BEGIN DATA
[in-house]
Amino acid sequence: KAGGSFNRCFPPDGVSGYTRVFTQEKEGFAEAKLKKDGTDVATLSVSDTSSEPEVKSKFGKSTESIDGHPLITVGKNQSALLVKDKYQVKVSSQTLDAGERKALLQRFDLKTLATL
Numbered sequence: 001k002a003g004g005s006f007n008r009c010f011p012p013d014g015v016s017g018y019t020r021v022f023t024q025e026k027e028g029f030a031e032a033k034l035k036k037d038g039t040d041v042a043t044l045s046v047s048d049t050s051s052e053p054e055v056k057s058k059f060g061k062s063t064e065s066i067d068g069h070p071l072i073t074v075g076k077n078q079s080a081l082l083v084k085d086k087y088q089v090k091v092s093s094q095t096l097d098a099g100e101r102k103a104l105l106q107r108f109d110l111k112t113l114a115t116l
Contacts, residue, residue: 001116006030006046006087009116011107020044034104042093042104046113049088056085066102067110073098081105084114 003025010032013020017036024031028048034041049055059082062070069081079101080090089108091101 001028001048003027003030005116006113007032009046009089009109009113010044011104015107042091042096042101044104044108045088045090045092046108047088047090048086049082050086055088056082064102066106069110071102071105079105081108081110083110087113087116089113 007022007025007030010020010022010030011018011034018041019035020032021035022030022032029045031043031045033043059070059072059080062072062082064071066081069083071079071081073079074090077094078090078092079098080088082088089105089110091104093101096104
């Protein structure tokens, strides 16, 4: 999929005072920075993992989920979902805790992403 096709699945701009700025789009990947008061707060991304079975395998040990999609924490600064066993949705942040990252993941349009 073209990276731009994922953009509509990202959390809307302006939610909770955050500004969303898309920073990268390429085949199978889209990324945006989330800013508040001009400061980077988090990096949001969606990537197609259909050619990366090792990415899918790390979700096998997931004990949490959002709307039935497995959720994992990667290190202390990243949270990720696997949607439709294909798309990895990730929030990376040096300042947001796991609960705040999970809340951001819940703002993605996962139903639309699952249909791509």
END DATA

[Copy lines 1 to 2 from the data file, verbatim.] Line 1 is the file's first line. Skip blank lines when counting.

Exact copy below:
[in-house]
Amino acid sequence: KAGGSFNRCFPPDGVSGYTRVFTQEKEGFAEAKLKKDGTDVATLSVSDTSSEPEVKSKFGKSTESIDGHPLITVGKNQSALLVKDKYQVKVSSQTLDAGERKALLQRFDLKTLATL